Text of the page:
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Hi. My name is Sarah, and I have a mental illness.

I’ve lived with panic disorder and depression for my entire adult life. I’m a mother of two beautiful children. I’m a sister, a daughter, a friend and a human being. I’m a survivor, a warrior, a writer, a poet, an actor and an artist.

I am many things, but I am not crazy.

To me, crazy is a derogatory word — a curse word in a book I have yet to write. Do not call me crazy. Call me brave, call me scared, call me Sarah, but don’t call me “crazy.”

I am your neighbor. I am sitting next to you on the train. I am talking to you in the grocery store, or smiling at you as we pass one another on the street. I’m just like everyone else you meet, only I’m not. Because I am living with a significant mental illness that challenges me every day.

My mental illness is like an annoying neighbor who won’t get the hint when you want her to go home. It fools me and tells me I’m worthless. It tells me to give up. It tells me to stop. Go no further. Don’t do that, don’t succeed. You are not enough. You are not worthy.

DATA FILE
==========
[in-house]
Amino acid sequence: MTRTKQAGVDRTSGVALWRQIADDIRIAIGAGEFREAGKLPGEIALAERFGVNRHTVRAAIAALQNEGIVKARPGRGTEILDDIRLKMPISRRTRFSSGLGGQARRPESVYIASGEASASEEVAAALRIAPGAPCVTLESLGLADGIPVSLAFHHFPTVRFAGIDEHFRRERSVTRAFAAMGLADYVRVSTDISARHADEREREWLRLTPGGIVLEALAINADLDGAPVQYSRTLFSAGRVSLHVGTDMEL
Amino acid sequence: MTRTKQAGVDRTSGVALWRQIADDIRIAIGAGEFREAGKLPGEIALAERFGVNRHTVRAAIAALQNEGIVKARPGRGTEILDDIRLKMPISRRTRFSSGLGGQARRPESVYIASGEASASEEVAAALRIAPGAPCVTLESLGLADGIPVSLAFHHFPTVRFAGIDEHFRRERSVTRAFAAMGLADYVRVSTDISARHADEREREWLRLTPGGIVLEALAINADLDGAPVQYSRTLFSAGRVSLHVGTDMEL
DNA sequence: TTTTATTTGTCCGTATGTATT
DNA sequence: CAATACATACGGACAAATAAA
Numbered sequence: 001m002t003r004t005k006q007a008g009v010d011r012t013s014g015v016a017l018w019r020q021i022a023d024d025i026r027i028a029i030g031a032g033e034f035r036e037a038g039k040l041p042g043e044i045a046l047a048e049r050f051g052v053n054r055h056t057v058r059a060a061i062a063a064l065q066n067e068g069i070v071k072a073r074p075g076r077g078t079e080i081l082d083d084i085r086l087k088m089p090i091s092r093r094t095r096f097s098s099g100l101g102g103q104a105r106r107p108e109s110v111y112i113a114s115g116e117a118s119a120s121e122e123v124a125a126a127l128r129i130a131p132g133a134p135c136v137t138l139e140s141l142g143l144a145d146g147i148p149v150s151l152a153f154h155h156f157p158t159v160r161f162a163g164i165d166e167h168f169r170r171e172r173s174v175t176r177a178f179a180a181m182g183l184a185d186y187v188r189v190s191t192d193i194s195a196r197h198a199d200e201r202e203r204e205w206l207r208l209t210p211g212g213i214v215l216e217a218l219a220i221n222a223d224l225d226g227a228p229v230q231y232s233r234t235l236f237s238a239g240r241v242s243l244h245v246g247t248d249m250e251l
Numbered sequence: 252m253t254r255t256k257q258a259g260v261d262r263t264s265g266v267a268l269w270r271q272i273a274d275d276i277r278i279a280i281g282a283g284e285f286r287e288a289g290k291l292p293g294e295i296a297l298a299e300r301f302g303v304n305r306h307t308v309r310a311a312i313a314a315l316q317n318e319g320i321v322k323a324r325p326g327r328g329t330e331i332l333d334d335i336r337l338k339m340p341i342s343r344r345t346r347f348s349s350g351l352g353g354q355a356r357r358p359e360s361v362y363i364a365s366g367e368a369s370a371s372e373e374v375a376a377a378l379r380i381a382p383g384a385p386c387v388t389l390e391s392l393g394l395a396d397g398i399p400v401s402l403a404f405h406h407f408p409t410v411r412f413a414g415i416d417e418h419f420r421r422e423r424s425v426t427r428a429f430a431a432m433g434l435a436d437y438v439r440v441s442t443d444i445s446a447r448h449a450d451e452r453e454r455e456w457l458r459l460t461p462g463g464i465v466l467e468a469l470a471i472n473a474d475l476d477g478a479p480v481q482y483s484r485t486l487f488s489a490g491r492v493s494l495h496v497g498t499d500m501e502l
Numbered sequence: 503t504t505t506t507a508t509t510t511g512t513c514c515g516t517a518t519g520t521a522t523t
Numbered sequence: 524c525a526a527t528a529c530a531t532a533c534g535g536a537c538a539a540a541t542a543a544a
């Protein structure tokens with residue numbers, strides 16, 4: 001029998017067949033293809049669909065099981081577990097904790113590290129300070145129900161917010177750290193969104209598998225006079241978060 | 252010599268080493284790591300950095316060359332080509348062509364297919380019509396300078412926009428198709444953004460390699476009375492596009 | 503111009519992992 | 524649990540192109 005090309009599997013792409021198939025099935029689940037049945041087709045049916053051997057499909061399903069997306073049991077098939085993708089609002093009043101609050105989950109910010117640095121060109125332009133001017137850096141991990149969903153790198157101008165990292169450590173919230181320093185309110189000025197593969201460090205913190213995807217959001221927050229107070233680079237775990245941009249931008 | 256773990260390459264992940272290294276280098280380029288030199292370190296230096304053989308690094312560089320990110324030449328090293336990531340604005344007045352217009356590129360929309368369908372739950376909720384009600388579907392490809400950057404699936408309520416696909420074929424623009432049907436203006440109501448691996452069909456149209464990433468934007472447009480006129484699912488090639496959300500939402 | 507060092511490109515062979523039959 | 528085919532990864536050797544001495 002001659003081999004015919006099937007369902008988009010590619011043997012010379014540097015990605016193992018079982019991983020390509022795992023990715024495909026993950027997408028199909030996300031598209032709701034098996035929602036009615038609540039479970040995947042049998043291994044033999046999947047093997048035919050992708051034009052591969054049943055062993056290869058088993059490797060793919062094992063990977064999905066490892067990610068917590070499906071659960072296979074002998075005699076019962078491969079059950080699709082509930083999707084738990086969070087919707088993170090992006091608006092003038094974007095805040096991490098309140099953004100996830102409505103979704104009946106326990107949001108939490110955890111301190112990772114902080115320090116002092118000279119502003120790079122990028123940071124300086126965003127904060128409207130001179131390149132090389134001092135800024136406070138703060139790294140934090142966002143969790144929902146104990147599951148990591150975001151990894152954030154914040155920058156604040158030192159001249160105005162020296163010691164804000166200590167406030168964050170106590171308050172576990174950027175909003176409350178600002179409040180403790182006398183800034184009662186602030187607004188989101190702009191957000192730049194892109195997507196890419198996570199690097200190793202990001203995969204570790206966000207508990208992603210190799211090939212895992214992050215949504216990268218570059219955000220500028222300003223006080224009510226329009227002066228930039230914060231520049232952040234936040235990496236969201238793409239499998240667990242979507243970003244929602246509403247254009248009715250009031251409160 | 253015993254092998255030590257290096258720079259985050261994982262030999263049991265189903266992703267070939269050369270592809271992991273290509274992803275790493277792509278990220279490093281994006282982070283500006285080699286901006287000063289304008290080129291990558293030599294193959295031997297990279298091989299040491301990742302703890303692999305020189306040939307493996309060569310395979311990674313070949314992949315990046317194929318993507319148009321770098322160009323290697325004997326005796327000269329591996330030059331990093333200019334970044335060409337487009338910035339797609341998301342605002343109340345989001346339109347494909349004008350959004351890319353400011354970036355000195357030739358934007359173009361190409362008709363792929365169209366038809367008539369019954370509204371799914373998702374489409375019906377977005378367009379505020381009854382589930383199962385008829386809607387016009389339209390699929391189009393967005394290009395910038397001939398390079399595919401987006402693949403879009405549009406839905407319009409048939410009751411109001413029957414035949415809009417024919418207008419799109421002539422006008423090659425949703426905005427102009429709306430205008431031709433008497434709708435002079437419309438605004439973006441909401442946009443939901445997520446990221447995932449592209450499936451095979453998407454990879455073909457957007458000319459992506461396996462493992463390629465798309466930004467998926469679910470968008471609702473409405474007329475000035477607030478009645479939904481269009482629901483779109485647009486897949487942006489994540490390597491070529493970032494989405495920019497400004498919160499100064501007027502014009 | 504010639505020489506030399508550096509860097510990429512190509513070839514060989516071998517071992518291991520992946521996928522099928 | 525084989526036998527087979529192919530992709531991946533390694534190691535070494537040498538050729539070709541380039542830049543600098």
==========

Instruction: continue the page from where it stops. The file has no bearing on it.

I fight those thoughts every day.

But here’s the thing. The person you’re sitting next to in a coffee shop might be just like me. Maybe you can’t tell, and maybe they won’t tell you, but people with mental illness are living among us. Often, they feel silenced.

So stop.

Look around you.

And know if you’ve been called crazy, you are not alone.

I’m standing beside, you waving my freak flag high.

Because I’m taking crazy back. You can’t have it anymore.

There is no crazy. Only human.

The Mighty is asking the following: Tell us a story about a time you encountered a commonly held misconception about your mental illness. How did you react, and what do you want to tell people who hold his misconception? If you’d like to participate, please send a blog post to Please include a photo for the piece, a photo of yourself and 1-2 sentence bio. Check out our Share Your Story page for more about our submission guidelines.

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